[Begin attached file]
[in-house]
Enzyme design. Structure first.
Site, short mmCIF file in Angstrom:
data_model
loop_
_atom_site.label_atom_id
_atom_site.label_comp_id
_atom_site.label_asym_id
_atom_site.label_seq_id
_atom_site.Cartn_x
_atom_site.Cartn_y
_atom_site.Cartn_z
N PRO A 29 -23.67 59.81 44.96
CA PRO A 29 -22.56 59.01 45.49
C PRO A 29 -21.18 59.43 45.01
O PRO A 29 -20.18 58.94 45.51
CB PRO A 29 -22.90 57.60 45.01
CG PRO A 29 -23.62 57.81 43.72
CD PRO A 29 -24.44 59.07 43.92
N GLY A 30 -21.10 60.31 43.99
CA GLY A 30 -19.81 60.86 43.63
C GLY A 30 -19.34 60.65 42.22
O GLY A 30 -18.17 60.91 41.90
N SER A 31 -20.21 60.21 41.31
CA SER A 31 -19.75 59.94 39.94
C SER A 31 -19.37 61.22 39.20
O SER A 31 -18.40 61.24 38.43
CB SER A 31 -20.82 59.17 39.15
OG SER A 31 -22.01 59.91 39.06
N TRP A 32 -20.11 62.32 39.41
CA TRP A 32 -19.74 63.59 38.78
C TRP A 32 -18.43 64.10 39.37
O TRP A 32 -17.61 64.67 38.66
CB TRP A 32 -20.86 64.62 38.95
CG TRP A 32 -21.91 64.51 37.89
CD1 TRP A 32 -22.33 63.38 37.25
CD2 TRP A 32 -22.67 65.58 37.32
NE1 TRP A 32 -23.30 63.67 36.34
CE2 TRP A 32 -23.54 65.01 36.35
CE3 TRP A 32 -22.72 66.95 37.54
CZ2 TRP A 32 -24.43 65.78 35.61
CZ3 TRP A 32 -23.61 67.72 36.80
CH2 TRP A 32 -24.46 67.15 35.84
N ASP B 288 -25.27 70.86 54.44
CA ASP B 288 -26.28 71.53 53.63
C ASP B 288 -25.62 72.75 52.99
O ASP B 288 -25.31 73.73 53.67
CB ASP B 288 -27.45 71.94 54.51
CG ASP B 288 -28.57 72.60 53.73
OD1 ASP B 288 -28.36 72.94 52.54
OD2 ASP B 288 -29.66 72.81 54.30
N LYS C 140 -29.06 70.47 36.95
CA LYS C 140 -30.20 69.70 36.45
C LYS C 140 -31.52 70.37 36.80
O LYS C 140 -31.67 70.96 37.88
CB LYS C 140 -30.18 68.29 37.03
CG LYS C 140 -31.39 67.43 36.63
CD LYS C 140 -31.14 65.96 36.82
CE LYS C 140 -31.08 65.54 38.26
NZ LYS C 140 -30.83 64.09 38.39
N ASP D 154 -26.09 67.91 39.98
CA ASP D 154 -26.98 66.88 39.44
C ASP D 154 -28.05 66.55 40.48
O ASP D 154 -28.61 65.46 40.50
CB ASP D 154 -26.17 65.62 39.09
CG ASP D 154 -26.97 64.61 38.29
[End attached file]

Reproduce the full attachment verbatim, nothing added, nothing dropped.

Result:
[in-house]
Enzyme design. Structure first.
Site, short mmCIF file in Angstrom:
data_model
loop_
_atom_site.label_atom_id
_atom_site.label_comp_id
_atom_site.label_asym_id
_atom_site.label_seq_id
_atom_site.Cartn_x
_atom_site.Cartn_y
_atom_site.Cartn_z
N PRO A 29 -23.67 59.81 44.96
CA PRO A 29 -22.56 59.01 45.49
C PRO A 29 -21.18 59.43 45.01
O PRO A 29 -20.18 58.94 45.51
CB PRO A 29 -22.90 57.60 45.01
CG PRO A 29 -23.62 57.81 43.72
CD PRO A 29 -24.44 59.07 43.92
N GLY A 30 -21.10 60.31 43.99
CA GLY A 30 -19.81 60.86 43.63
C GLY A 30 -19.34 60.65 42.22
O GLY A 30 -18.17 60.91 41.90
N SER A 31 -20.21 60.21 41.31
CA SER A 31 -19.75 59.94 39.94
C SER A 31 -19.37 61.22 39.20
O SER A 31 -18.40 61.24 38.43
CB SER A 31 -20.82 59.17 39.15
OG SER A 31 -22.01 59.91 39.06
N TRP A 32 -20.11 62.32 39.41
CA TRP A 32 -19.74 63.59 38.78
C TRP A 32 -18.43 64.10 39.37
O TRP A 32 -17.61 64.67 38.66
CB TRP A 32 -20.86 64.62 38.95
CG TRP A 32 -21.91 64.51 37.89
CD1 TRP A 32 -22.33 63.38 37.25
CD2 TRP A 32 -22.67 65.58 37.32
NE1 TRP A 32 -23.30 63.67 36.34
CE2 TRP A 32 -23.54 65.01 36.35
CE3 TRP A 32 -22.72 66.95 37.54
CZ2 TRP A 32 -24.43 65.78 35.61
CZ3 TRP A 32 -23.61 67.72 36.80
CH2 TRP A 32 -24.46 67.15 35.84
N ASP B 288 -25.27 70.86 54.44
CA ASP B 288 -26.28 71.53 53.63
C ASP B 288 -25.62 72.75 52.99
O ASP B 288 -25.31 73.73 53.67
CB ASP B 288 -27.45 71.94 54.51
CG ASP B 288 -28.57 72.60 53.73
OD1 ASP B 288 -28.36 72.94 52.54
OD2 ASP B 288 -29.66 72.81 54.30
N LYS C 140 -29.06 70.47 36.95
CA LYS C 140 -30.20 69.70 36.45
C LYS C 140 -31.52 70.37 36.80
O LYS C 140 -31.67 70.96 37.88
CB LYS C 140 -30.18 68.29 37.03
CG LYS C 140 -31.39 67.43 36.63
CD LYS C 140 -31.14 65.96 36.82
CE LYS C 140 -31.08 65.54 38.26
NZ LYS C 140 -30.83 64.09 38.39
N ASP D 154 -26.09 67.91 39.98
CA ASP D 154 -26.98 66.88 39.44
C ASP D 154 -28.05 66.55 40.48
O ASP D 154 -28.61 65.46 40.50
CB ASP D 154 -26.17 65.62 39.09
CG ASP D 154 -26.97 64.61 38.29